23rd of December

St Servulus, confessor, 590. The Ten Martyrs of Crete, 3d century. St Victoria, virgin and martyr, 250.

 

Born. – Robert Barclay, celebrated Quaker, author of the Apology, 1648, Gordonstown, Morayshire; Frederick Augustus of Saxony, 1750; Sir Martin Archer Shee, portrait-painter, 1770, Dublin; Alexander I., Emperor of Russia, 1777. 
Died. – Childebert I., of France, 558, Paris; Henri de Lorraine, Duke of Guise, assassinated at Blois, 1588; William Davison, secretary of state to Queen Elizabeth, 1608.

 

FAMILY OMENS OF DEATH.

The popular omens of death are almost innumerable, yet the appearance of any one of them is, according to rustic credulity, sufficient to foreshew the decease of any ordinary person in the middle or lower classes of society. For common people must be satisfied with common things. Even superstition knows how to pay due deference to rank and genealogy, and cunningly insinuates herself among the aristocracy, by contributing her mysterious influence to enhance the honours of rank and birth. Thus, among the élite, death-omens assume a special and distinctive shape, and, becoming a sort of household dependents, are never heard of but when they appear to do ‘suit and service’ to the respective families with which they are severally connected. So that the family, thus supernaturally honoured, while disdaining all vulgar omens of mortality, beholds the appearance of its own with dismay, feeling assured that death will soon visit some one of its members. Some of these family omens are curious and interesting…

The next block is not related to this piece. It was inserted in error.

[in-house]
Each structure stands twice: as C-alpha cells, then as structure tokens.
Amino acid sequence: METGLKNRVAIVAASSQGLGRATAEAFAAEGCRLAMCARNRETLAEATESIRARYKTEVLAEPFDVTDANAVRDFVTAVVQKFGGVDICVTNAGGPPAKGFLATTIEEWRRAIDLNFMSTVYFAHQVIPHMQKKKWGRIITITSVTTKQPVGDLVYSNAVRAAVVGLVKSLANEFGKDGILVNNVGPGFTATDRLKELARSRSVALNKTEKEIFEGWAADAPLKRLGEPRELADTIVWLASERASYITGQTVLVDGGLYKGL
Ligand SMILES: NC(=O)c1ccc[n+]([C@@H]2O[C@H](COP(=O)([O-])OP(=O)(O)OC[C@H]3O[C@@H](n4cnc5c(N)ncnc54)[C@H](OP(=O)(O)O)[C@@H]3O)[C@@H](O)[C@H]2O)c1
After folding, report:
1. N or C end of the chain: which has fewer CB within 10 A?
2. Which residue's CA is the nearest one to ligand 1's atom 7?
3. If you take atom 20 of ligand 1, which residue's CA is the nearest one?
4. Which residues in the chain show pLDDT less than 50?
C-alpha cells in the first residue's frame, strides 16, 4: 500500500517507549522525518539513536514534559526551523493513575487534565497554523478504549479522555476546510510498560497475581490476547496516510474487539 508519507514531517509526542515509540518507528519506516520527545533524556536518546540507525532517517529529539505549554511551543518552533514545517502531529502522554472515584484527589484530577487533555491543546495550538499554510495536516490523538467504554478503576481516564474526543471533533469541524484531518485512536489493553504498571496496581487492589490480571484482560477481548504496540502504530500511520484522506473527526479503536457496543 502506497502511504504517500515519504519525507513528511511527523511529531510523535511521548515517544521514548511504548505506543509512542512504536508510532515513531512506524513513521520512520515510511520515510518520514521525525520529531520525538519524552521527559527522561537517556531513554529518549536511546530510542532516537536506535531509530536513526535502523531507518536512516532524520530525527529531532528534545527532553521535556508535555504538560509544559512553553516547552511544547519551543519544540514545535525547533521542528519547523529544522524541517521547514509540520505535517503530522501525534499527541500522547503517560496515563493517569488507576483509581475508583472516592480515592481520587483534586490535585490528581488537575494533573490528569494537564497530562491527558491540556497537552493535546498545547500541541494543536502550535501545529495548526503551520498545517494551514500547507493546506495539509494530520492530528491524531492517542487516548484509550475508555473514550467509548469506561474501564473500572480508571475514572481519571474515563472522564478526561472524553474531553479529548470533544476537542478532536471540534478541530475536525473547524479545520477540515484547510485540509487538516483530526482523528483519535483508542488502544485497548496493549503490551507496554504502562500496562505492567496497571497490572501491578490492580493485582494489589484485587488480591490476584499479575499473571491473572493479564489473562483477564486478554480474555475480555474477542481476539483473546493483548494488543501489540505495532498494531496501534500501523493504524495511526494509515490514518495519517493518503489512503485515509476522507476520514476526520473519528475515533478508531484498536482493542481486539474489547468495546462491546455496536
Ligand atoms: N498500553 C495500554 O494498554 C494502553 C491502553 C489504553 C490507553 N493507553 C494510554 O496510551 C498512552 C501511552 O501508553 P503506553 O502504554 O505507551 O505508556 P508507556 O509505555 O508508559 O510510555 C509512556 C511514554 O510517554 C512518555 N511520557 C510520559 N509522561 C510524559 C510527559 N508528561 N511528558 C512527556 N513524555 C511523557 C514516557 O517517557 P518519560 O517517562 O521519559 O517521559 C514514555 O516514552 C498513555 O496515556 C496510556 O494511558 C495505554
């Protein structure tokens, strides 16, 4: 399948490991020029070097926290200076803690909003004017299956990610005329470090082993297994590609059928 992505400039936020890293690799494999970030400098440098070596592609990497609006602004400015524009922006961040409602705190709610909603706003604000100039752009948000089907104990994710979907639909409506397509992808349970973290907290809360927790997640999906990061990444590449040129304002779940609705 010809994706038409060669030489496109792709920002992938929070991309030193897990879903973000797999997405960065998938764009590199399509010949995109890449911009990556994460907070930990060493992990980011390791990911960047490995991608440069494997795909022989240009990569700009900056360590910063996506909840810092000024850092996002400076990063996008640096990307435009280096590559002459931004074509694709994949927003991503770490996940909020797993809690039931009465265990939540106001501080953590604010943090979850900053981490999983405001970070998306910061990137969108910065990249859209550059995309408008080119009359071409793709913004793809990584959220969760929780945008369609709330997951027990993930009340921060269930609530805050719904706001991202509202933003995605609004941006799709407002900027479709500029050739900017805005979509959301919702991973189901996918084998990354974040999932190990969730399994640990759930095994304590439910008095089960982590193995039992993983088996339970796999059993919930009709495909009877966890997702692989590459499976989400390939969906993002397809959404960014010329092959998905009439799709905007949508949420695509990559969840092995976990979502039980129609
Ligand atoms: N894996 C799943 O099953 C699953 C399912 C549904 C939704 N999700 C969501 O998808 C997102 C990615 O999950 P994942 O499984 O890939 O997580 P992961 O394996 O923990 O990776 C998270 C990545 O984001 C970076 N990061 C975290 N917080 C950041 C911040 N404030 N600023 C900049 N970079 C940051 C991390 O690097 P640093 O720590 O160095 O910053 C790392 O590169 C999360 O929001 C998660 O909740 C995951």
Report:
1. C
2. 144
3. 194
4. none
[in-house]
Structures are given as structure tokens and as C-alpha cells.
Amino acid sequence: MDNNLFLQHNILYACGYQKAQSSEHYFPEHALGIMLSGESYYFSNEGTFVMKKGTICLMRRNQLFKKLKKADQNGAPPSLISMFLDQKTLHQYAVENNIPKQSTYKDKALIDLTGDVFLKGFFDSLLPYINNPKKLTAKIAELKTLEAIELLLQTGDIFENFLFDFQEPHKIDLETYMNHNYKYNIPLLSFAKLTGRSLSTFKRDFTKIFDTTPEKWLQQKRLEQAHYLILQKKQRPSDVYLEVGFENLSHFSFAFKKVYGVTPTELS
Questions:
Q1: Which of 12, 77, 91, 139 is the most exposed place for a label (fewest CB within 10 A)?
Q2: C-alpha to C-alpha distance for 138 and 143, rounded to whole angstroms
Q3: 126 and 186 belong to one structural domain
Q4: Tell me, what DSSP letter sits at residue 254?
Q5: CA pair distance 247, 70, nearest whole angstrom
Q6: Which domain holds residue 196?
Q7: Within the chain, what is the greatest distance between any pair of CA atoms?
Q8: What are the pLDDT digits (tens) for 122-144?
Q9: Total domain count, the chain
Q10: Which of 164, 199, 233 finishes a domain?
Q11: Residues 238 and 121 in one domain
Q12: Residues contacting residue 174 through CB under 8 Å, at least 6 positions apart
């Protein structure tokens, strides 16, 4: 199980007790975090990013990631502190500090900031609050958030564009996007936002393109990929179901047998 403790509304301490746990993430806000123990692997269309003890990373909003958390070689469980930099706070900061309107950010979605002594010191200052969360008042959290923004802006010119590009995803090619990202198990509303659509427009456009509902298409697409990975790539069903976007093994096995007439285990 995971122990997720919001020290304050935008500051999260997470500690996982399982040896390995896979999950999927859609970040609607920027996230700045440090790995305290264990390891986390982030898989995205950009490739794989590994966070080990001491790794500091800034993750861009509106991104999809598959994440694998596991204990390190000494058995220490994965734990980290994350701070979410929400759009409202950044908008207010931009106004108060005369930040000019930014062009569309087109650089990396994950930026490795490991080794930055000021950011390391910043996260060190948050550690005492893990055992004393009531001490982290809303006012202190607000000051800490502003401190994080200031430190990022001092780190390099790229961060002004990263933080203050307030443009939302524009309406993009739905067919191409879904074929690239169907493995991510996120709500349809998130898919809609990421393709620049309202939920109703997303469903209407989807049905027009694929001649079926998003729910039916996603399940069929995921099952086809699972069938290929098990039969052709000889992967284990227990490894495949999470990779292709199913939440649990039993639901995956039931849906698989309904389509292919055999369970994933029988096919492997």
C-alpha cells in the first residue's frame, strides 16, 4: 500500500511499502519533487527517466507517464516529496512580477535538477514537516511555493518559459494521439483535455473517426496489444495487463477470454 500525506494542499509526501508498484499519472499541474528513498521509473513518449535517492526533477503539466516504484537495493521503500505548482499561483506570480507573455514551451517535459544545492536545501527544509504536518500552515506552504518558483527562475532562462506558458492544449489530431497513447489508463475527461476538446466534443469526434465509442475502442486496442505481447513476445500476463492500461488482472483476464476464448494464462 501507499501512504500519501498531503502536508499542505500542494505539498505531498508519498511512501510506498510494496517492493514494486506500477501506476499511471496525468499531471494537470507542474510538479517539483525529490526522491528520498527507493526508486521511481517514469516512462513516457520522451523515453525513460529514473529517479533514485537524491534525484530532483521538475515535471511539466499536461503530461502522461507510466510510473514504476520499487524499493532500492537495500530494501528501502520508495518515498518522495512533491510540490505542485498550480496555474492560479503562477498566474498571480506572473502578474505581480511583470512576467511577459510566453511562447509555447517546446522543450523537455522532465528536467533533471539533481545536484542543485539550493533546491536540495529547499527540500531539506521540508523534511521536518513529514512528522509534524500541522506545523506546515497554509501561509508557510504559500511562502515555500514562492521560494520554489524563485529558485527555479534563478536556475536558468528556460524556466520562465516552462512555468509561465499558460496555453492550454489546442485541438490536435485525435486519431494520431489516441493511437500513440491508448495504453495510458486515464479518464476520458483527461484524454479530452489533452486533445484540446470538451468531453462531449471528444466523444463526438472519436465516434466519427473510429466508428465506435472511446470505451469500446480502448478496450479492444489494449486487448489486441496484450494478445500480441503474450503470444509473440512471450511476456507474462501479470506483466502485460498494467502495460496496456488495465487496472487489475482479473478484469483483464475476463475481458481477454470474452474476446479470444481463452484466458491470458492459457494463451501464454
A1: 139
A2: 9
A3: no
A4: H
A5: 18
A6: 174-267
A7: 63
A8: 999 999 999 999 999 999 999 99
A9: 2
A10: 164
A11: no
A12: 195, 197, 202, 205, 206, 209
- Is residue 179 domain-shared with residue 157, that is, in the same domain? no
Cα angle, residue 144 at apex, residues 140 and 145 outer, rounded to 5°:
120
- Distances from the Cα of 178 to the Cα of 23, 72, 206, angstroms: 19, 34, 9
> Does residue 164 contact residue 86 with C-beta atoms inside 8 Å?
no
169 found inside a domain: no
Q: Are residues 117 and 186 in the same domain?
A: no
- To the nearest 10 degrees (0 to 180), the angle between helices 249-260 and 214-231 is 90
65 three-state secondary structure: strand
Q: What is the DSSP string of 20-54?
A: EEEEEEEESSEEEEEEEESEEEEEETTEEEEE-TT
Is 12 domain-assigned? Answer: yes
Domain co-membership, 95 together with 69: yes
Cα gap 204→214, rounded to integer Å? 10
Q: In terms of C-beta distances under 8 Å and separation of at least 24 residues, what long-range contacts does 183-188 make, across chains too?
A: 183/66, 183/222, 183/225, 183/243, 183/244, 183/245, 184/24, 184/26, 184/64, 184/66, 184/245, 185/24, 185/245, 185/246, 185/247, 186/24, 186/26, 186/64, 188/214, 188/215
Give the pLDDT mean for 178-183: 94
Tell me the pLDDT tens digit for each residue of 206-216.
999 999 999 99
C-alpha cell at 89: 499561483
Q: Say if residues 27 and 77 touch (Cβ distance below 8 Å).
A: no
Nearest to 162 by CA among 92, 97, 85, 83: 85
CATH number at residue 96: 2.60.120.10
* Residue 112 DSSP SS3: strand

In a note to the Lady of the Lake, Sir Walter Scott gives the following curious account from the manuscript memoirs of Lady Fanshaw. Her husband, Sir Richard, and herself, chanced, during their abode in Ireland, to visit a friend, the head of a sept, who resided in his ancient baronial castle, surrounded with a moat. At midnight, Lady Fanshaw was awakened by a ghostly and supernatural scream; and, looking out of bed, beheld, by the moonlight, a female face and part of the form hovering at the window. The distance from the ground, as well as the circumstance of the moat, excluded the possibility that what she beheld was of this world. The face was that of a young and rather handsome woman, but pale; and the hair, which was reddish, was loose and dishevelled. The dress, which Lady Fanshaw’s terror did not prevent her remarking accurately, was that of the ancient Irish. This apparition continued to exhibit itself for some time, and then vanished with two shrieks similar to that which had first excited Lady Fanshaw’s attention. In the morning, with infinite terror, she communicated to her host what she had witnessed, and found him prepared not only to credit, but to account for the apparition. ‘A near relation of my family,’ said he, ‘expired last night in this castle. We disguised our certain expectation of the event from you, lest it should throw a cloud over the cheerful reception which was your due. Now, before such an event happens in this family and castle, the female spectre, whom you have seen, always is visible. She is believed to be the spirit of a woman of inferior rank, whom one of my ancestors degraded himself by marrying, and whom afterwards, to expiate the dishonour done to his family, he caused to be drowned in the castle-moat.’ In his Peveril of the Peak, Sir Walter mentions a similar female spirit or ban-shee, said to attend on the Stanley family, warning them, by uttering a shriek, of some approaching calamity; and especially, ‘weeping and bemoaning herself before the death of any person of distinction belonging to the family.’